Meaning of DEFENSE in English

I. de ‧ fence S2 W1 BrE AmE British English , defense American English /dɪˈfens/ noun

[ Word Family: noun : DEFENCE/DEFENSE , ↑ defendant , ↑ defender , ↑ defensiveness ; adjective : DEFENCELESS/DEFENSELESS , ↑ defensible ≠ ↑ indefensible , ↑ defensive ; adverb : ↑ defensibly ≠ ↑ indefensibly , ↑ defensively ; verb : ↑ defend ]


a) [uncountable] the act of protecting something or someone from attack

defence of

In Britain, the defence of the country has historically been left to the navy.

a firm commitment to the defense of human rights

The first line of defence is a smoke detector.

b) [countable] something that can be used to protect something or someone from attack:

The area’s flood defences need repair.

defence against

The immune system is the body’s defence against infection.

⇨ ↑ self-defence


a) [uncountable] all the systems, people, materials etc that a country uses to protect itself from attack:

calls for a national debate on defence

the Defense Department

b) defences British English , defenses American English [plural] all the armies, weapons, structures etc that are available to defend a place:

The invading army easily overcame the town’s defences.

3 . AGAINST CRITICISM [uncountable and countable] something that you say or do in order to support someone or something that is being criticized

in sb’s/sth’s defence

Jean wrote a letter to the paper in Angela’s defense.

defence of

a philosophical defence of nationalism

come/leap to sb’s defence

Evelyn Waugh came to Wilson’s defence and acknowledged the brilliance of the book’s themes.


a) [countable] the things that are said in a court of law to prove that someone is not guilty of a crime:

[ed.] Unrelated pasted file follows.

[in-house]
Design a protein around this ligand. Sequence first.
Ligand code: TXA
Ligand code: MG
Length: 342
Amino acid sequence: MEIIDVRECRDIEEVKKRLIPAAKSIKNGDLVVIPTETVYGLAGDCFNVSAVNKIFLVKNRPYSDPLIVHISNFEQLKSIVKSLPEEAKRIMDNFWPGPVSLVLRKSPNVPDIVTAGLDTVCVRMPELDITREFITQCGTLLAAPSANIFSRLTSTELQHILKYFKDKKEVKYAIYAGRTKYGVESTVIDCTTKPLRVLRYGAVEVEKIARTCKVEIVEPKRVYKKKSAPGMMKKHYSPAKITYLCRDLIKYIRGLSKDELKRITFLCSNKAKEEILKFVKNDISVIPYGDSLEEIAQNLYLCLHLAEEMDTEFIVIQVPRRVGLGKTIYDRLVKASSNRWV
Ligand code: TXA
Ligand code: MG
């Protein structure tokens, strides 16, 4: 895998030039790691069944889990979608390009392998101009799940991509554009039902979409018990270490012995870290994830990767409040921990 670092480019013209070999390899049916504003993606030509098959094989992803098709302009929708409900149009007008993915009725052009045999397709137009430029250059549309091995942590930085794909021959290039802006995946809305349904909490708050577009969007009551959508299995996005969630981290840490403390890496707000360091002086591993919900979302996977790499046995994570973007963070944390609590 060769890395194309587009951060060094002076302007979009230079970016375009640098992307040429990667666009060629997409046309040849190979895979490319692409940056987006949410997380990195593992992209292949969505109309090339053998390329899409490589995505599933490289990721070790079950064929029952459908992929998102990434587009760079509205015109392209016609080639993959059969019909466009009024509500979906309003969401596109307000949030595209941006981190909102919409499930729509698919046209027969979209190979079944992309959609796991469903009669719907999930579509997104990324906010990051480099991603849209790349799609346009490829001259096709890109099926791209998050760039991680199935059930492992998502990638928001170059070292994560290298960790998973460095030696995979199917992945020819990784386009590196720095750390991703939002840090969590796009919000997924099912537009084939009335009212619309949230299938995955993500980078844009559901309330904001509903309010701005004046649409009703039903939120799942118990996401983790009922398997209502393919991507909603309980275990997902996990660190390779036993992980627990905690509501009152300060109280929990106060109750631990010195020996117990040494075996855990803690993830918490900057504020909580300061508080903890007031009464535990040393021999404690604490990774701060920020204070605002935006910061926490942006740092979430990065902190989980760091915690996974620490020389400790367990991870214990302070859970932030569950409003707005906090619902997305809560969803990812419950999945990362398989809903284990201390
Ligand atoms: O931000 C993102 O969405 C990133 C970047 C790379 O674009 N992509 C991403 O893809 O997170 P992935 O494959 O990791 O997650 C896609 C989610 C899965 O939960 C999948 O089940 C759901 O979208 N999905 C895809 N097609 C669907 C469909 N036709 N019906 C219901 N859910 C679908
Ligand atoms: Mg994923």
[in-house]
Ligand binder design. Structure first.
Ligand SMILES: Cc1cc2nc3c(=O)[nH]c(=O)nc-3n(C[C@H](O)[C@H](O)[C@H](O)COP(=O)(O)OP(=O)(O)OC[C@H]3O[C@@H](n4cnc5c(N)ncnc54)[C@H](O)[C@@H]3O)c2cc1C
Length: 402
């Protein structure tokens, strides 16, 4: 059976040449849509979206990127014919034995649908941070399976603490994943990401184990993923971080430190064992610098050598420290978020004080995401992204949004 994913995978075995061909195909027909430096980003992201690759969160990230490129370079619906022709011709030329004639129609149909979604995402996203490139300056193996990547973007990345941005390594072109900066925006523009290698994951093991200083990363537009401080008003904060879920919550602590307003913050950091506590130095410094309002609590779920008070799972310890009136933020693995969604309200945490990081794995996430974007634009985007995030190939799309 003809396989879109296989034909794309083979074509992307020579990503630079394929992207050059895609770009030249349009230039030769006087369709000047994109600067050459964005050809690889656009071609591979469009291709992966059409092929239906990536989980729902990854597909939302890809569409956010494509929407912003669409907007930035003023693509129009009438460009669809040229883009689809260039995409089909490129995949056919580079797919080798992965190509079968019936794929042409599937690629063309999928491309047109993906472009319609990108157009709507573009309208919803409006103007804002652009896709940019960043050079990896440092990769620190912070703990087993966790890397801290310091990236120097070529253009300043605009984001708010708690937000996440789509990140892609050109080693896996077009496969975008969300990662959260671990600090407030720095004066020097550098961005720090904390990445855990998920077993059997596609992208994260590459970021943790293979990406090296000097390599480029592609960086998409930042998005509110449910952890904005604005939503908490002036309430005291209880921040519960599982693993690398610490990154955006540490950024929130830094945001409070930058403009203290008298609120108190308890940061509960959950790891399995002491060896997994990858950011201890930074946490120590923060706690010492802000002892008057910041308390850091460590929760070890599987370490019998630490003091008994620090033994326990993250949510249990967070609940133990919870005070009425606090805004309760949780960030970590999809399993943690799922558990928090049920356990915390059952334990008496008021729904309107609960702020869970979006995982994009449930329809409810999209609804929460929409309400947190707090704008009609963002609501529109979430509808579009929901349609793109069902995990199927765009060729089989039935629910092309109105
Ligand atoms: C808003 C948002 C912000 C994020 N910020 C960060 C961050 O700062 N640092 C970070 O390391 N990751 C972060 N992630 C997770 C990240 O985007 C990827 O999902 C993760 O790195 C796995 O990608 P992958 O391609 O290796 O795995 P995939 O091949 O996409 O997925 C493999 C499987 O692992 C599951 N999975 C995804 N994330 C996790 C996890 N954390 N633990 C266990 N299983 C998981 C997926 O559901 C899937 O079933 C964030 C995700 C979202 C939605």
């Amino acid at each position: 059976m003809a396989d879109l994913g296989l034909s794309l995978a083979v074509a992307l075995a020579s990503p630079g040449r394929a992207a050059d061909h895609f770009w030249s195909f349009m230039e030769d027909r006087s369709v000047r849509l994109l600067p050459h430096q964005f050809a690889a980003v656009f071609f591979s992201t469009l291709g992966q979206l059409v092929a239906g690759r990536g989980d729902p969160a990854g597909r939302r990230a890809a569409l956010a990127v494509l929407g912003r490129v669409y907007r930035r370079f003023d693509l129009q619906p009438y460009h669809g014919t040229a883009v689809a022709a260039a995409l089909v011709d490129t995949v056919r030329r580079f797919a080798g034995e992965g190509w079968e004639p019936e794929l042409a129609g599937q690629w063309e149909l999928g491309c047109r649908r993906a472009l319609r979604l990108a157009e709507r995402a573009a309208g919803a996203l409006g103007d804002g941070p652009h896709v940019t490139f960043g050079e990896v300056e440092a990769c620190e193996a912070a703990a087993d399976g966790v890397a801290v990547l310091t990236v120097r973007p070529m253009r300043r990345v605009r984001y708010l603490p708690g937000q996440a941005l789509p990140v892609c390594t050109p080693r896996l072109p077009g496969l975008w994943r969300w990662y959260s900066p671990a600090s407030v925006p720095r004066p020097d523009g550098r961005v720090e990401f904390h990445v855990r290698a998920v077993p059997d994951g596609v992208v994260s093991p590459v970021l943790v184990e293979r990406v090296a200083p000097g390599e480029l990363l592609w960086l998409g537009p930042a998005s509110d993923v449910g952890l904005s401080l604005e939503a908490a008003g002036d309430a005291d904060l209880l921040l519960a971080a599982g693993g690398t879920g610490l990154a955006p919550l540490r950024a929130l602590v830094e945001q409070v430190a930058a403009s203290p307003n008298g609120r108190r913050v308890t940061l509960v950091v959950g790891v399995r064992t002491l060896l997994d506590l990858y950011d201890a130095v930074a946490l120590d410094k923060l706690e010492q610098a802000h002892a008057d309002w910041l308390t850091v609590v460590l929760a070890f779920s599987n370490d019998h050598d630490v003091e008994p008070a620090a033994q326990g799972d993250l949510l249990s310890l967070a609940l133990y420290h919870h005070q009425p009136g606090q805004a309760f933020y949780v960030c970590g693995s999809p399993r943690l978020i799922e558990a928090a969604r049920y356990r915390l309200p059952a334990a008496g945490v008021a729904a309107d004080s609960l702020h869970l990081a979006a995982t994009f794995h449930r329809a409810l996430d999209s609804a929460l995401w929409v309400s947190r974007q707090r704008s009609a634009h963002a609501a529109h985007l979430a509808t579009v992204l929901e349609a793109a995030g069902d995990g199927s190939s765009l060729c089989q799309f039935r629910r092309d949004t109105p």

Major has a good defence and believes he will win the case.

a defence lawyer

b) the defence all the lawyers who try to prove in a court of law that someone is not guilty of a crime:

The defense called only one witness.

⇨ ↑ prosecution (2)

5 . EMOTIONS [countable] something you do or a way of behaving that prevents you from seeming weak or being hurt by others:

Liz dropped her defences and began to relax.

6 . SPORT [countable] British English the players in a game whose main job is to try to prevent the other team from getting points OPP offense

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COLLOCATIONS (for Meaning 2)

■ defence + NOUN

▪ a defence force (=group of soldiers, pilots etc trained to defend a country)

The country's defence forces are on standby in case of an attack.

▪ a defence system (=a system of people, organizations etc to defend a country)

Is the national defence system adequate?

▪ a defence policy

Ministers in Brussels have been discussing a possible European defence policy.

▪ defence spending/expenditure

There were plans to cut defence spending by one billion pounds.

▪ the defence budget (=amount of money a government makes available for defence)

They have called for the defence budget to be increased.

▪ the Defence Department (=part of the government dealing with defence)

This is secret information, known only to the Defence Department.

▪ the Defence Secretary (=person in a government in charge of defence)

The Defence Secretary is under pressure to resign.

II. de ‧ fense 1 /dɪˈfens/ BrE AmE noun [countable, uncountable]

the American spelling of ↑ defence

III. de ‧ fense 2 /dɪˈfens $ ˈdiːfens/ BrE AmE noun [uncountable and countable] American English

the players in a game of football etc whose main job is to try to prevent the other team from getting points

Longman Dictionary of Contemporary English.      Longman - Словарь современного английского языка.